• August 6, 2015 at 2:12 pm #5176
    Cocaine Eyes
    Participant

    As an addicted reader, I always like to know what others are reading. I have three books on the go right now:
    – Linwood Barclay’s Broken Promise

    – Stuart MacBride’s Flesh House

    – Angela Marsons’ Evil Games

    How about you guys?

    CE

    August 6, 2015 at 2:21 pm #5178
    Nikkei
    Participant

    Aldous Huxley’s Brave New World. Actually finished, so moving on. It’s been suggested once too often.

    I have an actual James Bond novel (Casino Royale) being shipped to me. I bought it mostly for the sexy cover, don’t know if it has literary value.
    But this Fleming guy has written it, so it’s not a stupid after-a-movie novel.

    August 6, 2015 at 2:28 pm #5187
    CindyC
    Participant

    In the summer, I only read fluff/trash. I just read Night Circus and The Pub Across the Pond and it was adorable. Now I’m reading A Dirty Job.

    Wasn't looking too good, but I was feeling real well

    August 6, 2015 at 2:29 pm #5188
    Stoneburst
    Participant

    I’m trying to finish my PhD at the moment, which isn’t leaving me a lot of time of pleasure reading, so things related to my work – revolutionary memoirs from pre-1917 Russia, mostly.

    August 6, 2015 at 2:29 pm #5189
    BeforeTheyMakeMeRun
    Participant

    Stephen King’s Firestarter. I also ordered Adam Ant’s autobiography, which I’m eagerly waiting for mailman to drop off.

    August 6, 2015 at 3:02 pm #5198
    Breath
    Participant

    In the summer, I only read fluff/trash.

    the rest of the time you read just pure filth?

    August 6, 2015 at 3:04 pm #5201
    Nikkei
    Participant

    In the summer, I only read fluff/trash.

    the rest of the time you read just pure filth?

    your scope surprises me

    August 6, 2015 at 3:05 pm #5202
    Breath
    Participant

    good thread. i’ll only read non-fiction, typically just history and bios, unless somebody like erik snow sends me some weirdish novel by some weirdish norwegian novelist.

    got a bunch going concurrently:

    a history of the jews by paul johnson
    being nixon by evan thomas
    the leo frank case by leonard dinnerstein
    unforgiveable blackness by geoffrecy c. ward
    the last zero fighter by dan king
    dresden by frederick taylor
    the wright brothers by david mccullough

    with another batch waiting on deck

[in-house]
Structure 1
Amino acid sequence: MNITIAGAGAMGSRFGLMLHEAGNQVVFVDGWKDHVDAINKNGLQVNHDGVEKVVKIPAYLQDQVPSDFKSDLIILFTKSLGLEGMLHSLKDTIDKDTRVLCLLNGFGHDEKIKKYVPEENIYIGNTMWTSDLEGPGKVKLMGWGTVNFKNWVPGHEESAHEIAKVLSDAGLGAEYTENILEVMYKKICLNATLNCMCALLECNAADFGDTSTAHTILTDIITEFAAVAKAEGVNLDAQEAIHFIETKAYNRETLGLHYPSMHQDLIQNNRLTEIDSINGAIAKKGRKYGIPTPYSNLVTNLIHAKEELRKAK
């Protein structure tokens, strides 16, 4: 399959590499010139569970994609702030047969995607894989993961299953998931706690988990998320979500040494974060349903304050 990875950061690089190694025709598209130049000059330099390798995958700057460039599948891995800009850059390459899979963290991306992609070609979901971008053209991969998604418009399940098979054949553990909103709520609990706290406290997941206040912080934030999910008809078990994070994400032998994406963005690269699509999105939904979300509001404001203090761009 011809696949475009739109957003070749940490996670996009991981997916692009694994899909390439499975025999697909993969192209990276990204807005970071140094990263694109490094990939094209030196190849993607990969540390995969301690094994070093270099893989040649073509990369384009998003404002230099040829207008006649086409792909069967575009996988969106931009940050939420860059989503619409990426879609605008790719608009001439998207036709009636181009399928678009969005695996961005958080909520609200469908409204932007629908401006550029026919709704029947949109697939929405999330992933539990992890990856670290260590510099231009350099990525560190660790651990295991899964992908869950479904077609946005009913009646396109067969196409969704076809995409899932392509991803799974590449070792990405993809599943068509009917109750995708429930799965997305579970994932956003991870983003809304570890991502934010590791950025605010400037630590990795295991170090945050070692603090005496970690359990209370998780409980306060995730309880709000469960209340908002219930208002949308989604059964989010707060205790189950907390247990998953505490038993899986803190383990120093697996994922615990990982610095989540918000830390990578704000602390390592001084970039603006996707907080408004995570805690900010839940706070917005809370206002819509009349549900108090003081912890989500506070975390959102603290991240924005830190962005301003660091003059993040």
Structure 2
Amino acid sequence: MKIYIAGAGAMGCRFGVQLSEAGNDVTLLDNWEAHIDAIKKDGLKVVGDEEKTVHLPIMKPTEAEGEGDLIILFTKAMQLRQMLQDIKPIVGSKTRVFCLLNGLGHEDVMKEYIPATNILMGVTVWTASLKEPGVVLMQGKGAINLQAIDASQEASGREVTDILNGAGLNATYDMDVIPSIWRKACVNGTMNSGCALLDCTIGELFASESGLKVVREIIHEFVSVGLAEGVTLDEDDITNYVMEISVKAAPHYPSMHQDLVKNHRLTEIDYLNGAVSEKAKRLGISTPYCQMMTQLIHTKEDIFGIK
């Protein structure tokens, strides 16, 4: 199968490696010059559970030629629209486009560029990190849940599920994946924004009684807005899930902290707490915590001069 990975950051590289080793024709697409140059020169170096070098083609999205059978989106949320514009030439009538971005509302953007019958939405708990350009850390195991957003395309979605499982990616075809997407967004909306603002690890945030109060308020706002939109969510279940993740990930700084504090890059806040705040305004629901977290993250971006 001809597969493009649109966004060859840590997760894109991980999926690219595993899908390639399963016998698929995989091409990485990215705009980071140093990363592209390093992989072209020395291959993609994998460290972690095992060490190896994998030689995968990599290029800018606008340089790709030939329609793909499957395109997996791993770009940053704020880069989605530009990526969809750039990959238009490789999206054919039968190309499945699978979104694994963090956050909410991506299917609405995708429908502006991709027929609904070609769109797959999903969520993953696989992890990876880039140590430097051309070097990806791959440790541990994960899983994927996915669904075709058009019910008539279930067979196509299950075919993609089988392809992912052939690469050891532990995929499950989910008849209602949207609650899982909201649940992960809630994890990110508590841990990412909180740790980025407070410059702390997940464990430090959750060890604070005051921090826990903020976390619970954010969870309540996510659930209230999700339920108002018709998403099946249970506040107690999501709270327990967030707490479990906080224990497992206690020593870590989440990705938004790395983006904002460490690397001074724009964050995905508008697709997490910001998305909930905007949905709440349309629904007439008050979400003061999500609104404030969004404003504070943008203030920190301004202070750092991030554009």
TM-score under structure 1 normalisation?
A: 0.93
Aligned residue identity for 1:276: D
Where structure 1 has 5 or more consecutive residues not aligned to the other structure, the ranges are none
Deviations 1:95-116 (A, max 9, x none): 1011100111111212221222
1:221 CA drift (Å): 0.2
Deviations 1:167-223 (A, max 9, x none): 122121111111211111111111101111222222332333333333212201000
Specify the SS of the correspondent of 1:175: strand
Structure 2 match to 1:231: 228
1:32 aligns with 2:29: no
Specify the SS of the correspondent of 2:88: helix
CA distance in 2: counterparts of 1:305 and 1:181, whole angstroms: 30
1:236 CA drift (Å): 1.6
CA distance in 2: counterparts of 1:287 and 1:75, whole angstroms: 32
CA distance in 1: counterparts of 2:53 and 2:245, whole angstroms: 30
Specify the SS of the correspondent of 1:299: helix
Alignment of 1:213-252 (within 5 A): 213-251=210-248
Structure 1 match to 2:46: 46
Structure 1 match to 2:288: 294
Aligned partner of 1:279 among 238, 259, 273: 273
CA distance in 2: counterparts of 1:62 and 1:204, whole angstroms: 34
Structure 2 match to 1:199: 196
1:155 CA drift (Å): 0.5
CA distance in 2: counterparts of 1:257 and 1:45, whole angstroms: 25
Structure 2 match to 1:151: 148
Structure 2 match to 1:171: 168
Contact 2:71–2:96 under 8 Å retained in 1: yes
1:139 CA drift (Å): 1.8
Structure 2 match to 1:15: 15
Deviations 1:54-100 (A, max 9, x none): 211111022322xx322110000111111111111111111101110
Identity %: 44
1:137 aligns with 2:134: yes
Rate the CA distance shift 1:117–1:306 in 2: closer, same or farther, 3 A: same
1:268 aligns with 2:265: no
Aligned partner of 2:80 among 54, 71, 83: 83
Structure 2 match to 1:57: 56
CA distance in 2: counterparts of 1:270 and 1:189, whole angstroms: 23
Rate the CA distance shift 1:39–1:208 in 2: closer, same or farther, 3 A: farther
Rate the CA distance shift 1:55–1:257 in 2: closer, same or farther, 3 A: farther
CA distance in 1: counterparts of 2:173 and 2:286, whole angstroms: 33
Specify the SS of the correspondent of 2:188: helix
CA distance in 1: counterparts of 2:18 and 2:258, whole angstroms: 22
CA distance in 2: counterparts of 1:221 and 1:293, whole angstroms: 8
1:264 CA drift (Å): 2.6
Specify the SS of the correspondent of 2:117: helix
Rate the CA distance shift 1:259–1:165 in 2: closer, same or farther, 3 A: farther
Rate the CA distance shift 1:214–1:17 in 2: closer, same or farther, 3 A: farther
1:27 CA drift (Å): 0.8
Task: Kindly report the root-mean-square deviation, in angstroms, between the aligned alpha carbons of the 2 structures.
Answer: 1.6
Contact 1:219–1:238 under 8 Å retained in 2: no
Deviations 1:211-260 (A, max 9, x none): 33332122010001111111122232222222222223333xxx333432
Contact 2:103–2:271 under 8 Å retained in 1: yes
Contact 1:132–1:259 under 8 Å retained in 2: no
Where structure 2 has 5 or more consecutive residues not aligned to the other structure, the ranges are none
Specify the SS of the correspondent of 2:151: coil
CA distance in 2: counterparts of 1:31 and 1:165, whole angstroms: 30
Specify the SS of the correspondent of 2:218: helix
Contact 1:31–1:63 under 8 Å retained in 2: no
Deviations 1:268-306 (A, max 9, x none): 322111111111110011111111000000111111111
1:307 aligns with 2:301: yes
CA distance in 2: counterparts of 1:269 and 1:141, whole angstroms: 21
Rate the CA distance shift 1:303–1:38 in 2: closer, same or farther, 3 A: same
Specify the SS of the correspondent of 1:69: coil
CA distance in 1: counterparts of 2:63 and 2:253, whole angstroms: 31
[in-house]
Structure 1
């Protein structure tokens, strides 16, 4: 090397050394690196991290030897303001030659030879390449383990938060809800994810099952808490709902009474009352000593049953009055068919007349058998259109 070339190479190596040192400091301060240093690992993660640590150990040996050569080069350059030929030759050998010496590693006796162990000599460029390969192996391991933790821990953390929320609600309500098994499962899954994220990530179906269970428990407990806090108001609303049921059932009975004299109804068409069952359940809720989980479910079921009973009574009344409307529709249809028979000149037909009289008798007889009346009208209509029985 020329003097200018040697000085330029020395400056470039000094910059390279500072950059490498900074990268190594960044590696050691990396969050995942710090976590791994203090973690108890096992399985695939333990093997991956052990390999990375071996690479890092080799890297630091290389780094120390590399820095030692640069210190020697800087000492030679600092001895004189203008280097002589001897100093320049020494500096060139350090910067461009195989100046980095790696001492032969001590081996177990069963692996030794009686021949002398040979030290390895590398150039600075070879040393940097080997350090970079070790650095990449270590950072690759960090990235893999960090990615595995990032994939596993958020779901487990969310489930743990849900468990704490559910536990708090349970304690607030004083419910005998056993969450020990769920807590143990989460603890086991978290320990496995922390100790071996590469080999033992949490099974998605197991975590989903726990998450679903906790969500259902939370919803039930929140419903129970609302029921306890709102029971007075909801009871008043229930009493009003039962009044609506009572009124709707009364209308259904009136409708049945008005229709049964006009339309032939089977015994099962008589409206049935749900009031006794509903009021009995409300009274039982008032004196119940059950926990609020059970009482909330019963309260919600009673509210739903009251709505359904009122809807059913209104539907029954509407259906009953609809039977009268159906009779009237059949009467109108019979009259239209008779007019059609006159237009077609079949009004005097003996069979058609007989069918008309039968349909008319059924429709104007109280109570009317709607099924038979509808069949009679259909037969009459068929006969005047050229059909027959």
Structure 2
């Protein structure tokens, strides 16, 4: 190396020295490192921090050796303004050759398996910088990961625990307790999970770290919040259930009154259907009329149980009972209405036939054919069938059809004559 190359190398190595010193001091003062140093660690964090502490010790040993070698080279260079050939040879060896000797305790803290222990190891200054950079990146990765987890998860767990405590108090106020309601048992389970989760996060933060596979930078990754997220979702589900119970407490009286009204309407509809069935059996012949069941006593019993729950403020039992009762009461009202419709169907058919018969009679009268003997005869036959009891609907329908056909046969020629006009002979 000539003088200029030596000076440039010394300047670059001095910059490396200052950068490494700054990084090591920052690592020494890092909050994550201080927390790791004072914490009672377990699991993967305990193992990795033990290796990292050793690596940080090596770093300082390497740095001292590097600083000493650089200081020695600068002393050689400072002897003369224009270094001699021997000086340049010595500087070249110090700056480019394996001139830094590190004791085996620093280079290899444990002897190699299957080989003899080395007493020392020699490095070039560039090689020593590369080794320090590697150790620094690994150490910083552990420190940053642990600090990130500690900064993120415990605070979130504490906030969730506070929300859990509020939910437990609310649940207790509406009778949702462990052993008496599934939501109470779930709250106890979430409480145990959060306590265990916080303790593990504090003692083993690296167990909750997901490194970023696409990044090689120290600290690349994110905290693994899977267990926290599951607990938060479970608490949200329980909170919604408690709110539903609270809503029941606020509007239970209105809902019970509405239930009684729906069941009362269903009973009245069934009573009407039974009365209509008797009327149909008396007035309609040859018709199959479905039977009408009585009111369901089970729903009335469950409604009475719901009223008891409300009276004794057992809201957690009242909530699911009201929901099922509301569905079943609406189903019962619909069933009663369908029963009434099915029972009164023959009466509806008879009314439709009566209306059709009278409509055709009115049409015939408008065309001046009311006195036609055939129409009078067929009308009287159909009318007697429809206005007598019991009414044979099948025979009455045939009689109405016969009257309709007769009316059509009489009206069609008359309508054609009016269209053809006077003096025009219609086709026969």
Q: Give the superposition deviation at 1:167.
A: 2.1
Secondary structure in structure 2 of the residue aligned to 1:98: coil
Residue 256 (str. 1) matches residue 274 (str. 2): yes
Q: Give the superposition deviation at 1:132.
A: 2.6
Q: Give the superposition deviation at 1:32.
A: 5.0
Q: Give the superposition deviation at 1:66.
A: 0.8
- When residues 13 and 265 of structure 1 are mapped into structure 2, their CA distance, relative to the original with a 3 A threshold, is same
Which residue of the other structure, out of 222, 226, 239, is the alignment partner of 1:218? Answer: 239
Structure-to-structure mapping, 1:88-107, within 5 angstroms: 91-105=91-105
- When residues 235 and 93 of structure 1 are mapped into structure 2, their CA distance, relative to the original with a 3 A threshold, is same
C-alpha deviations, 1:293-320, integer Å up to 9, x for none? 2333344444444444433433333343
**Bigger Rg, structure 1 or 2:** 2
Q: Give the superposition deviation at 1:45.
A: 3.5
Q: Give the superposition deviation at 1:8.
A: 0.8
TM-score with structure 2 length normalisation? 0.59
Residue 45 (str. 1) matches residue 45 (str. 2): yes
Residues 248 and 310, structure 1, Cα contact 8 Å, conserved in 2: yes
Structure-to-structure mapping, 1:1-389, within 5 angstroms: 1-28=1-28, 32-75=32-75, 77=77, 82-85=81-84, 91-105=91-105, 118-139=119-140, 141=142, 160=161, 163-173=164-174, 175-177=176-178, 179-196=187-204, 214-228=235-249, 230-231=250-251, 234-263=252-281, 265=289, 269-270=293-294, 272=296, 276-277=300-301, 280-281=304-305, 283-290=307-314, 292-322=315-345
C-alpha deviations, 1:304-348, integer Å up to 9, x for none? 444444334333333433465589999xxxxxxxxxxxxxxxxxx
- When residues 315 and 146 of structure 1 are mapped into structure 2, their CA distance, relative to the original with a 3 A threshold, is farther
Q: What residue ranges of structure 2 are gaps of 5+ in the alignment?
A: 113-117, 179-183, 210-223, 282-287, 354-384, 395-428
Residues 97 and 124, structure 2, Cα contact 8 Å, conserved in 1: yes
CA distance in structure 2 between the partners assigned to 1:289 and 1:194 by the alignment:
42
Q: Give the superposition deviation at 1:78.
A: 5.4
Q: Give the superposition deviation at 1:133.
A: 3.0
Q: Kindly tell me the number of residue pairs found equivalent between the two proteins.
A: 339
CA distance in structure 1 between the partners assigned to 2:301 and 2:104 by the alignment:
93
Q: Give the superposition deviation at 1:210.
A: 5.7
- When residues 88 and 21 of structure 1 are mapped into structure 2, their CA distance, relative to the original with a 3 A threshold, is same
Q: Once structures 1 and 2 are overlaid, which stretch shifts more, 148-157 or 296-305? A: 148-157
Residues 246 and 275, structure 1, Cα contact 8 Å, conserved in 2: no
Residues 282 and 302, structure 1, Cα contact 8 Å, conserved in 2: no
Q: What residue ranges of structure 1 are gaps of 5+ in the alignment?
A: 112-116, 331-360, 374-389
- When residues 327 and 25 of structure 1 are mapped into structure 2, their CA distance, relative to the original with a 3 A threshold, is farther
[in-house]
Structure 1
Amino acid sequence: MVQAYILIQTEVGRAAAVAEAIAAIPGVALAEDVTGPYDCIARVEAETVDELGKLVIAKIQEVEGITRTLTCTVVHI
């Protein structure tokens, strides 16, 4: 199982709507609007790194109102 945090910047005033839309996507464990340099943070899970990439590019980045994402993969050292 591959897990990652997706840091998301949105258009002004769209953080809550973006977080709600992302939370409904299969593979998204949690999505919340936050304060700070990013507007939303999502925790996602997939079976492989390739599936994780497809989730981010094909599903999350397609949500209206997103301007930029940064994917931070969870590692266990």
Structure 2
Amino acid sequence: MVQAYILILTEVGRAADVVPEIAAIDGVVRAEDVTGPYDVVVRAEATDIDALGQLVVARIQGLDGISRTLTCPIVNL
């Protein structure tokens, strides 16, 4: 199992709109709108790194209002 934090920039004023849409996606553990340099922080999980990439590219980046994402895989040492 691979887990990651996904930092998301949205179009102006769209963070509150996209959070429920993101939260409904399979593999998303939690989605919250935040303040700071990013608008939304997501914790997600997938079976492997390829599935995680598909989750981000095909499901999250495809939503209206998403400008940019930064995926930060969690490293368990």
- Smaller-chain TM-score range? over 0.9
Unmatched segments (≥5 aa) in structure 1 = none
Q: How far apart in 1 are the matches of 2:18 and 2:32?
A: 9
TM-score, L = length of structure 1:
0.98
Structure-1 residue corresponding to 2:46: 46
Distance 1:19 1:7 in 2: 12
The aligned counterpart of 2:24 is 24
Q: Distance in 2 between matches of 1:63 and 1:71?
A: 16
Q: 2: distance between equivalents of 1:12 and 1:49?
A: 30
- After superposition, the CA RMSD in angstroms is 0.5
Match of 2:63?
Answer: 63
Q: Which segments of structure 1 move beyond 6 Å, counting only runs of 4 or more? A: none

August 6, 2015 at 3:09 pm #5205
    Nikkei
    Participant

    Being Nixon, how’s that working out? Do you have a particular reason for not being into fiction?
    There’s some books crossing the line between historical and fictional to the most jarring effect.

    August 6, 2015 at 3:13 pm #5206
    Breath
    Participant

    Being Nixon, how’s that working out? Do you have a particular reason for not being into fiction?
    There’s some books crossing the line between historical and fictional to the most jarring effect.

    just starting that one – read the other recent nixon book by tim weiner – it was good. they both rely on recently declassified docs and tapes. nixon was a fascinating character – shakespearean tragic hero…or something.

    always been a history guy since i was a wee lad…first book i can remember reading was about the hindenburg disaster. i’ve read plenty of fiction, but am generally bored by others imaginations of real life – rather just go to the actual things. how did we get so fucked up in this world, anyway? just read and find out!

    August 6, 2015 at 3:18 pm #5208
    Nikkei
    Participant

    I started out to describe how I pursue similar interests over the net, but came to realize that this is not the thread to go OT like that. I’d have to ask: Did you ever read Günter Grass? He’s way more popular in your country yet the only german author whose language and style I truly can’t imagine in english. Very colourful and primal. Apparently it translates well

    August 6, 2015 at 3:25 pm #5209
    Breath
    Participant